The delivery of such a message has never been more urgent, because the policies of Vladimir Putin's government pose the greatest long-term threat to democratic freedoms in Russia since the break-up of the Soviet Union. Russia's only national independent television station (NTV) has now been brought under quasi-government control. Russia's most popular independent radio station, Ekho Moskvy, is at risk of meeting the same fate in coming weeks. Journalists and at least one human rights activist known for their hard-hitting or critical reporting have been harassed. Russian journalists who investigate abusive conduct by federal forces in Chechnya often suffer persecution; several from Eastern Europe have been deported or denied visas. Criminal prosecutions of several journalists and academics on unfounded charges of espionage point to the resurgence of the Federal Security Service (the former KGB) as a tool to curtail civic and political freedoms. A new government decree regulating Russian academics' interactions with foreigners has had a chilling effect on academic freedom. And rampant corruption has laid waste to the public institutions, particularly in law enforcement, crucial to the rule of law.

The most dramatic illustration of Russia's failure to ensure human rights and the rule of law is the appalling conduct of its forces in Chechnya. In the four weeks since your summit with President Putin, federal forces on sweep operations in at least seven villages arbitrarily detained, tortured, and ill-treated hundreds of people. Human Rights Watch researchers currently in the region have documented the cases of more than a dozen men tortured by federal forces in these operations. Outraged by the scale of the abuse, several Chechen administrators who had been loyal to Moscow resigned or threatened to do so. Lt. Gen. Vladimir Moltenskoi, acting commander of Russian forces in Chechnya, initially admitted that large-scale abuses had taken place. This was an unprecedented move, but officials backed away from the criticism, acknowledging that only "some violations" had been committed by individual soldiers. They gave no indications that the sweep operations would be conducted in any different manner.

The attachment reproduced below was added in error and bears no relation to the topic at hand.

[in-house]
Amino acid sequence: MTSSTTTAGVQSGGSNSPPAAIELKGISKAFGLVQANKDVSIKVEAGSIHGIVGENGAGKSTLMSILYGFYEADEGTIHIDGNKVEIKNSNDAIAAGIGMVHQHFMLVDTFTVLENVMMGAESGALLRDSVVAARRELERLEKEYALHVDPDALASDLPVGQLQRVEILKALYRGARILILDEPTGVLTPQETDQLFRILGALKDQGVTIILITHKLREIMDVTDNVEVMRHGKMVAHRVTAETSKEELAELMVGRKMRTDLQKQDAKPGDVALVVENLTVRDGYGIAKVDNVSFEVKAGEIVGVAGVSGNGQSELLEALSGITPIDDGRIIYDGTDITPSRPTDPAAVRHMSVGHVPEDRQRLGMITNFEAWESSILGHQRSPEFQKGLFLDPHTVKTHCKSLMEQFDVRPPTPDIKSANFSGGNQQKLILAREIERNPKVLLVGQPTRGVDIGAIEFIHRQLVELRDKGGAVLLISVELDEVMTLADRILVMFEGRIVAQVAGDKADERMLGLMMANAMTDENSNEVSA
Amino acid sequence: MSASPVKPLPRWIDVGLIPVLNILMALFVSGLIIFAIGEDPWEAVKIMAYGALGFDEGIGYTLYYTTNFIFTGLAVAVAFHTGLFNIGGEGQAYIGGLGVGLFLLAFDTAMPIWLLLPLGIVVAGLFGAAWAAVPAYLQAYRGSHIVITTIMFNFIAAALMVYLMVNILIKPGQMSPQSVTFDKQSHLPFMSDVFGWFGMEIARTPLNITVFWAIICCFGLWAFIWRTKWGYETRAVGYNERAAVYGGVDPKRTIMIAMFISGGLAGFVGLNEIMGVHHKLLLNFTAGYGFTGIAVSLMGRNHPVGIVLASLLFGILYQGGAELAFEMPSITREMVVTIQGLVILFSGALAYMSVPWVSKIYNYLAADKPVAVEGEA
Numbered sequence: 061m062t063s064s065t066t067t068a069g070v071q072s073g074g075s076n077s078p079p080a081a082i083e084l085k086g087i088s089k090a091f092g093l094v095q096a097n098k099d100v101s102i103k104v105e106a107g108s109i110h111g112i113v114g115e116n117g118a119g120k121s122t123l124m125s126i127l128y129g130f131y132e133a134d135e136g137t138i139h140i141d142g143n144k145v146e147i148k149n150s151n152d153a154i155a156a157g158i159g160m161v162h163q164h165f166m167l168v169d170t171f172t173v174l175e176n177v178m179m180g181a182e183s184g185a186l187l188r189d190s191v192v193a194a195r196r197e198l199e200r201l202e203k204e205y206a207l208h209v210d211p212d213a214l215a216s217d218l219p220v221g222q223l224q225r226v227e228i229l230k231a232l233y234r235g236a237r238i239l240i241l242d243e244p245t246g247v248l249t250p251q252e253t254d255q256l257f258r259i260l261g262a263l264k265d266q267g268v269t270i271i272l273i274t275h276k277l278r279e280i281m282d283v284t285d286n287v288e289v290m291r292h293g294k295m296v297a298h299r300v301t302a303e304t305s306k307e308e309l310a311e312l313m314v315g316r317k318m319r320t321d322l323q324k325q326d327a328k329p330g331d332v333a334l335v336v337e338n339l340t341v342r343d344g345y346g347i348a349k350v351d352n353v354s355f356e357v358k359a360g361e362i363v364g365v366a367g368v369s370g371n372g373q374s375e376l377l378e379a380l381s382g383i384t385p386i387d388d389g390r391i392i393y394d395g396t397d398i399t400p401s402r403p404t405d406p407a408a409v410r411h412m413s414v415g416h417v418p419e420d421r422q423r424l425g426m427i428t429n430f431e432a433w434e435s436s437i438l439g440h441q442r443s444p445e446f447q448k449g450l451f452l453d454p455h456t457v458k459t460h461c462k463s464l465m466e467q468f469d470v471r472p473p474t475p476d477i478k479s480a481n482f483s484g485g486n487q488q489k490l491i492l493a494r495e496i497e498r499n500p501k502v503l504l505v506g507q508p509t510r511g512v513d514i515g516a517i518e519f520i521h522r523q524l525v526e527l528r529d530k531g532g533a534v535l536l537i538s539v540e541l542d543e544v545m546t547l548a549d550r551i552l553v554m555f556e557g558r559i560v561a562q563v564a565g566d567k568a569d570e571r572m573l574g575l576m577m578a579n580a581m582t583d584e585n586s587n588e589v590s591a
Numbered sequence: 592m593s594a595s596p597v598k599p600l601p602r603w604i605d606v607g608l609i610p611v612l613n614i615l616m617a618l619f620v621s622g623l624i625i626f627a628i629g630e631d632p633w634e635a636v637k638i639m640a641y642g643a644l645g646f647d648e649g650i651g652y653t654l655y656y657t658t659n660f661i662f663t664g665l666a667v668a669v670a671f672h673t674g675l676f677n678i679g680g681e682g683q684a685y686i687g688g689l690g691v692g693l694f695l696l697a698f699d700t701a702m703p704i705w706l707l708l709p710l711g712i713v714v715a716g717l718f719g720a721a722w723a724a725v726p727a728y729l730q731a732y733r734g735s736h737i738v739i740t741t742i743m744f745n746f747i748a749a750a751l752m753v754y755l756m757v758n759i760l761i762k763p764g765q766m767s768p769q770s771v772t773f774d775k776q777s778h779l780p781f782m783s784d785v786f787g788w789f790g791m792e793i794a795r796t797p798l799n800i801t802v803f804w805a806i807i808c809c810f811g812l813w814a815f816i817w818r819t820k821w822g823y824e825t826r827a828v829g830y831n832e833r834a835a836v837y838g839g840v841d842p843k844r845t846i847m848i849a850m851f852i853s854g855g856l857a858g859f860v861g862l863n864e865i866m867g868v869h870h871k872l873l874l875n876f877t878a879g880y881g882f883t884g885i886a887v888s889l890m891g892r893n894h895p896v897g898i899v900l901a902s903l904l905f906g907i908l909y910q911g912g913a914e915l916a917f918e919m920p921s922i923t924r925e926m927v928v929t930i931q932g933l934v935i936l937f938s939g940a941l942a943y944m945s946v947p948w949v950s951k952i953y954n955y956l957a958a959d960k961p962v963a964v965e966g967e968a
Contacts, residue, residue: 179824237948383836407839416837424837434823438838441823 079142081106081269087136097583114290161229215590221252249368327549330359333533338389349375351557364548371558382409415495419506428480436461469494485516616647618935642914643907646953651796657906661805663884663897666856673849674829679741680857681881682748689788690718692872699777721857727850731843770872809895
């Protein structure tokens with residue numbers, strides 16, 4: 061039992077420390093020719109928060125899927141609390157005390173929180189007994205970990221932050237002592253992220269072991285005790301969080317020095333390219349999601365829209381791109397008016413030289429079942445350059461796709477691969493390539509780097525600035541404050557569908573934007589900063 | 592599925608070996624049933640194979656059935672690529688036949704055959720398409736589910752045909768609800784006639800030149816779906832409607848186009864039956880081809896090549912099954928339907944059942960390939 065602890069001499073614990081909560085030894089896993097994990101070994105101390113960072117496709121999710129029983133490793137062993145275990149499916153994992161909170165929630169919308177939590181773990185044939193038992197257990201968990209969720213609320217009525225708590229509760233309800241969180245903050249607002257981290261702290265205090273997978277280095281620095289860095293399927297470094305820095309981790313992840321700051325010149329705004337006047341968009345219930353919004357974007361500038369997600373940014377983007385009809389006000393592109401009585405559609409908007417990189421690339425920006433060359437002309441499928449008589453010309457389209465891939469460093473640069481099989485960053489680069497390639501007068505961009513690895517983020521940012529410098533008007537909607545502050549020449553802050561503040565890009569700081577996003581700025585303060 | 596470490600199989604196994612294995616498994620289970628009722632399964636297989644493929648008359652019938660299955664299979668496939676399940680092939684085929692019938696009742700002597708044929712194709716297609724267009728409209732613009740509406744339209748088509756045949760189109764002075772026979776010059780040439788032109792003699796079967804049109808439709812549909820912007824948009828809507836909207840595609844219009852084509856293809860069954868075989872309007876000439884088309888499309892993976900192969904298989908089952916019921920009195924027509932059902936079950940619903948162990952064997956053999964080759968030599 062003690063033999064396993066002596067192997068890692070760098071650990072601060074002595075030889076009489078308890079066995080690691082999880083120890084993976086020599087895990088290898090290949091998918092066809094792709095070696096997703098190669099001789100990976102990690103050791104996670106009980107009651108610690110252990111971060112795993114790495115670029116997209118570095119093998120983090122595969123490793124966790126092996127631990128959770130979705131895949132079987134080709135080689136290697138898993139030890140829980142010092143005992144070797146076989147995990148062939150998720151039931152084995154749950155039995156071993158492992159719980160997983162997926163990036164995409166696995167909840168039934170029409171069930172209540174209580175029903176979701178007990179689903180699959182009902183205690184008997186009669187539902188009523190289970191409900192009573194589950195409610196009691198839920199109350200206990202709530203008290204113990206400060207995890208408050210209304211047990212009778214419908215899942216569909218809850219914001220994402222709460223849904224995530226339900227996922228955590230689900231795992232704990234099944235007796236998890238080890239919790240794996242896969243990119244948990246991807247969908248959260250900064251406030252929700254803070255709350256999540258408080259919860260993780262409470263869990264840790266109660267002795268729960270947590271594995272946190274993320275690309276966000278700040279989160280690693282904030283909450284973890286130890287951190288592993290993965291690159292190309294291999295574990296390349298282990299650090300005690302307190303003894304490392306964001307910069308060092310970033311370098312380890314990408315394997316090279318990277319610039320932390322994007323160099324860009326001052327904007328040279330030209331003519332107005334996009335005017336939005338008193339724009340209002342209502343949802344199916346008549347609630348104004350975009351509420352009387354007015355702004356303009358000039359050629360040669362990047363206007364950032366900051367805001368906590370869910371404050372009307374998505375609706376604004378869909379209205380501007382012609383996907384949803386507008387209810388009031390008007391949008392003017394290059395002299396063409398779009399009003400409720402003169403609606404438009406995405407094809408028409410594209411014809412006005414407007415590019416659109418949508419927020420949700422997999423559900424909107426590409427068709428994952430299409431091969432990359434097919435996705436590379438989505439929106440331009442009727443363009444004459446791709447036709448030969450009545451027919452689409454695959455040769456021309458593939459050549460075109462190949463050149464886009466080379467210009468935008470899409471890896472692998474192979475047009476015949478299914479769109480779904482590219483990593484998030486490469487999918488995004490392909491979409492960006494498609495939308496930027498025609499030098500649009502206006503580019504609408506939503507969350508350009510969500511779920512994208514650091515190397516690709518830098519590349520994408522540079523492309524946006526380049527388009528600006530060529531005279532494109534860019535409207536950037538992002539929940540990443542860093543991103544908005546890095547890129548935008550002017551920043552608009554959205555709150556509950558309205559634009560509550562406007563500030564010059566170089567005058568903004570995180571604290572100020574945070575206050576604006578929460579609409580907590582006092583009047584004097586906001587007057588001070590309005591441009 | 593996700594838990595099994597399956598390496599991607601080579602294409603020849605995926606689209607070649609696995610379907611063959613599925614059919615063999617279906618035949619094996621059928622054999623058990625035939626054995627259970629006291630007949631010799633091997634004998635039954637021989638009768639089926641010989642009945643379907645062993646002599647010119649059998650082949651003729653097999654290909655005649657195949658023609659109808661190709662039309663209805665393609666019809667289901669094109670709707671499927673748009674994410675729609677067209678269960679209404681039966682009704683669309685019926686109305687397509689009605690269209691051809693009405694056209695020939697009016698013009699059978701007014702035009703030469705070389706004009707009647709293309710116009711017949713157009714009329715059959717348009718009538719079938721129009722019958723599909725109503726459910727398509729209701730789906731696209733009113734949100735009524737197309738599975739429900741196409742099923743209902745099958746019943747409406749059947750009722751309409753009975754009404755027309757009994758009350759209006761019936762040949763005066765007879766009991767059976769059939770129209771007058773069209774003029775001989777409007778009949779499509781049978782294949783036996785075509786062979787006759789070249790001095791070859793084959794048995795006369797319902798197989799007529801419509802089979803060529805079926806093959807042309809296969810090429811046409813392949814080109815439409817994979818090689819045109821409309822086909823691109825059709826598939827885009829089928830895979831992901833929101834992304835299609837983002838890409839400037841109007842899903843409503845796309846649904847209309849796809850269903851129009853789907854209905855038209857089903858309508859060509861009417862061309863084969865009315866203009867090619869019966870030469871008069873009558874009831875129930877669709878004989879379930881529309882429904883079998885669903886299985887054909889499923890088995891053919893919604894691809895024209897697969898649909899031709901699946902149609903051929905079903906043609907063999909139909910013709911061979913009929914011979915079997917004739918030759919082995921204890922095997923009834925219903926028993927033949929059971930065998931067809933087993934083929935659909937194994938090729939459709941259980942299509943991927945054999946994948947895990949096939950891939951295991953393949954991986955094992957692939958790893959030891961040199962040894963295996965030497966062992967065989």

Although Russian prosecutors say they have opened a criminal investigation into some of the recent abuses, there is little hope that the investigation will be meaningful. Earlier this week, the Council of Europe chastised Russia for ignoring its recommendation to investigate a detention center where guards routinely tortured inmates in early 2000. Just yesterday, a Chechen torture victim interviewed by Human Rights Watch called 2000 "the year of impunity." In the month since your summit meeting, Russia has made no progress toward inviting U.N. monitors who could investigate torture, forced disappearances, and summary executions. And to the best of our knowledge, not a single high-level commander has been called to account for atrocities against civilians since the conflict began nearly two years ago.

Russia's invitation to join the G-8 was predicated not simply on the country's size and importance, but on hopes for its democratic development. But Russian democracy has grown weaker, not stronger in recent months. That should raise serious questions among other G-8 states about Russia's continued membership. We ask you publicly to raise concern about these trends at the G-8 meeting and during your summit meeting. In particular, we ask that you seek assurances from President Putin regarding the independence of radio station Ekho Moskvy. We also ask that you urge President Putin to ensure access to Chechnya for all U.N. monitors mandated by the April United Nations Commission on Human Rights to investigate abuses there. Finally, we ask that you make clear that the international community requires a detailed accounting of investigations into abuses by Russian federal forces in Chechnya, including into the failure by the high command to stop and prevent abuses.

We hope you and other G-8 heads of state and government will agree at this meeting that significant financial assistance, including debt relief and restructuring, to Russia must be linked to progress on basic democratic freedoms and accountability. That is the only way to stay true to the founding premise of the G-8 - that Russia's future is important to the world and that respect for democratic freedoms is vital to Russia's future.

Please accept our best wishes for a productive summit.

Sincerely,

Elizabeth Andersen
Executive Director
Europe and Central Asia division

Tom Malinowski
Washington Advocacy Director


-------------------

For more Human Rights Watch coverage of Chechnya, visit

http://www.hrw.org/campaigns/russia/chechnya